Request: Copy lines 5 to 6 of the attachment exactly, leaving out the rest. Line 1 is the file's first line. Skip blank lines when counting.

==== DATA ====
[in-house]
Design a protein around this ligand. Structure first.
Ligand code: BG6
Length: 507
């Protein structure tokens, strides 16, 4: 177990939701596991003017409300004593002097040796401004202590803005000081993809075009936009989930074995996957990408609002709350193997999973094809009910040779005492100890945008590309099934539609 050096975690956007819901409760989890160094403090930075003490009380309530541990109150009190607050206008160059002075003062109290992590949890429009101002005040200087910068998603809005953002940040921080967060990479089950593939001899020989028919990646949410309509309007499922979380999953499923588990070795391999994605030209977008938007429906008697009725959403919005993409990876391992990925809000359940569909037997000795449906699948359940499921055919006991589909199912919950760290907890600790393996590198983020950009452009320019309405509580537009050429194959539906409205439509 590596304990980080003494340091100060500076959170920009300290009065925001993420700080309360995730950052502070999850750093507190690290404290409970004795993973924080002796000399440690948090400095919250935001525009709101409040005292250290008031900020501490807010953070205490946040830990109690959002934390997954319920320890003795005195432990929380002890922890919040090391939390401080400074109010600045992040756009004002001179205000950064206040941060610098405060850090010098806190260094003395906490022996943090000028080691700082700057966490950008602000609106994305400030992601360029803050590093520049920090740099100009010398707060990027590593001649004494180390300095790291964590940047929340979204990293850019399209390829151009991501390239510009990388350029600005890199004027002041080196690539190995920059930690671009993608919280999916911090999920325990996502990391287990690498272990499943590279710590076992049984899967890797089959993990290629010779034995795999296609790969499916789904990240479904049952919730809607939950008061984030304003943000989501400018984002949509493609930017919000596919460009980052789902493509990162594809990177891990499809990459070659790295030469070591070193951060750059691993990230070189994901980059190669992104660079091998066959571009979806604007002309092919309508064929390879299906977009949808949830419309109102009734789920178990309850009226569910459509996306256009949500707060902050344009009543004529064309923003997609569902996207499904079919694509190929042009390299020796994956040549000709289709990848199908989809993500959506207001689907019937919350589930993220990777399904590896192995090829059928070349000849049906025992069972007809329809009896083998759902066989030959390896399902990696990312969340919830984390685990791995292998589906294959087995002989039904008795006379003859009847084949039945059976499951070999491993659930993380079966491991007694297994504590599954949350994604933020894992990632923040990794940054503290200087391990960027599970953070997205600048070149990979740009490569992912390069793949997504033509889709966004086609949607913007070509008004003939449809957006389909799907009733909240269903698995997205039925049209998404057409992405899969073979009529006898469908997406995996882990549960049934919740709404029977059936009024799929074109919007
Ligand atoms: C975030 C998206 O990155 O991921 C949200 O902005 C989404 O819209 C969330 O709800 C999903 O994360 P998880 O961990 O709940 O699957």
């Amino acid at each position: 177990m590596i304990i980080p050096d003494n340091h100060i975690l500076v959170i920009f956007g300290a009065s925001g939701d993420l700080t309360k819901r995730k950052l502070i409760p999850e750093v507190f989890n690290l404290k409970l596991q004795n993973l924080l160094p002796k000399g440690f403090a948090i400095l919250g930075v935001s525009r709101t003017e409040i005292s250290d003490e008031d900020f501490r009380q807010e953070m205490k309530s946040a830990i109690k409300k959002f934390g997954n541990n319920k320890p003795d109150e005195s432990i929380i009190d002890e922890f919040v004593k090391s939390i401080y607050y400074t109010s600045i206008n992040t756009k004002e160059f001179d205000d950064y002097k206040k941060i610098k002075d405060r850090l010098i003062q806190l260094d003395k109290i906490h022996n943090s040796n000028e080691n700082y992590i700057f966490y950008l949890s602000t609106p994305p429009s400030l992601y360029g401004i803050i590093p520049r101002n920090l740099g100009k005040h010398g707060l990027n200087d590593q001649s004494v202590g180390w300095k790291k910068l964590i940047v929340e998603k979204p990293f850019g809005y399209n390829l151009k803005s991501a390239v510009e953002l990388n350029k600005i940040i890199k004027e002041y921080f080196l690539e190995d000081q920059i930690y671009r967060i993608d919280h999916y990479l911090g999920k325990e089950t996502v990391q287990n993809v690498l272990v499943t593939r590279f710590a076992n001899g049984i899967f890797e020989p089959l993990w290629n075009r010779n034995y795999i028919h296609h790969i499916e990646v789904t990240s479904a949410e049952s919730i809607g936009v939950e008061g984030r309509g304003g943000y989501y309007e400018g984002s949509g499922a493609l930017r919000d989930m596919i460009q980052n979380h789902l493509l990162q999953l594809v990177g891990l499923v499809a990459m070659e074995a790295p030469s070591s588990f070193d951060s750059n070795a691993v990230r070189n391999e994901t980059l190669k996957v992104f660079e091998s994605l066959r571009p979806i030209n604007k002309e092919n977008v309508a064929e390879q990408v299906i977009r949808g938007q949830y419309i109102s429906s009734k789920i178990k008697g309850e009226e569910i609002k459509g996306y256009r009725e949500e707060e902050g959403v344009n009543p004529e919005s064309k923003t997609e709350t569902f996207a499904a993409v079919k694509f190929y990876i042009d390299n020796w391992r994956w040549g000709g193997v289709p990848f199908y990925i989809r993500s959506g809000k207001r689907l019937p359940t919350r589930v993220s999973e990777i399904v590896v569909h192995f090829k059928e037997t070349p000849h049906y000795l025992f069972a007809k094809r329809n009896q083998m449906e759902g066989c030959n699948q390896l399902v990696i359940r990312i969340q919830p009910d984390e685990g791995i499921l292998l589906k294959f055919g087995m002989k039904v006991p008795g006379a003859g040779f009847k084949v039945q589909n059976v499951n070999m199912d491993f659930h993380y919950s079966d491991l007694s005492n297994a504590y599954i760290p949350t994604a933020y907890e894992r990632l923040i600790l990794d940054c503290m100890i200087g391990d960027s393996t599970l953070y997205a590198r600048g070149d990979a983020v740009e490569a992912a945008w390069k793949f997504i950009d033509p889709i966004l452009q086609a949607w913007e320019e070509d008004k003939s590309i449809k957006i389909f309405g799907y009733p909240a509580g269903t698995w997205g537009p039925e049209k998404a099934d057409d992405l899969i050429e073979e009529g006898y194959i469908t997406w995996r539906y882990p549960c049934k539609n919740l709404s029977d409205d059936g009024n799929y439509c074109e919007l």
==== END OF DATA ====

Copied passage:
């Protein structure tokens, strides 16, 4: 177990939701596991003017409300004593002097040796401004202590803005000081993809075009936009989930074995996957990408609002709350193997999973094809009910040779005492100890945008590309099934539609 050096975690956007819901409760989890160094403090930075003490009380309530541990109150009190607050206008160059002075003062109290992590949890429009101002005040200087910068998603809005953002940040921080967060990479089950593939001899020989028919990646949410309509309007499922979380999953499923588990070795391999994605030209977008938007429906008697009725959403919005993409990876391992990925809000359940569909037997000795449906699948359940499921055919006991589909199912919950760290907890600790393996590198983020950009452009320019309405509580537009050429194959539906409205439509 590596304990980080003494340091100060500076959170920009300290009065925001993420700080309360995730950052502070999850750093507190690290404290409970004795993973924080002796000399440690948090400095919250935001525009709101409040005292250290008031900020501490807010953070205490946040830990109690959002934390997954319920320890003795005195432990929380002890922890919040090391939390401080400074109010600045992040756009004002001179205000950064206040941060610098405060850090010098806190260094003395906490022996943090000028080691700082700057966490950008602000609106994305400030992601360029803050590093520049920090740099100009010398707060990027590593001649004494180390300095790291964590940047929340979204990293850019399209390829151009991501390239510009990388350029600005890199004027002041080196690539190995920059930690671009993608919280999916911090999920325990996502990391287990690498272990499943590279710590076992049984899967890797089959993990290629010779034995795999296609790969499916789904990240479904049952919730809607939950008061984030304003943000989501400018984002949509493609930017919000596919460009980052789902493509990162594809990177891990499809990459070659790295030469070591070193951060750059691993990230070189994901980059190669992104660079091998066959571009979806604007002309092919309508064929390879299906977009949808949830419309109102009734789920178990309850009226569910459509996306256009949500707060902050344009009543004529064309923003997609569902996207499904079919694509190929042009390299020796994956040549000709289709990848199908989809993500959506207001689907019937919350589930993220990777399904590896192995090829059928070349000849049906025992069972007809329809009896083998759902066989030959390896399902990696990312969340919830984390685990791995292998589906294959087995002989039904008795006379003859009847084949039945059976499951070999491993659930993380079966491991007694297994504590599954949350994604933020894992990632923040990794940054503290200087391990960027599970953070997205600048070149990979740009490569992912390069793949997504033509889709966004086609949607913007070509008004003939449809957006389909799907009733909240269903698995997205039925049209998404057409992405899969073979009529006898469908997406995996882990549960049934919740709404029977059936009024799929074109919007
Ligand atoms: C975030 C998206 O990155 O991921 C949200 O902005 C989404 O819209 C969330 O709800 C999903 O994360 P998880 O961990 O709940 O699957």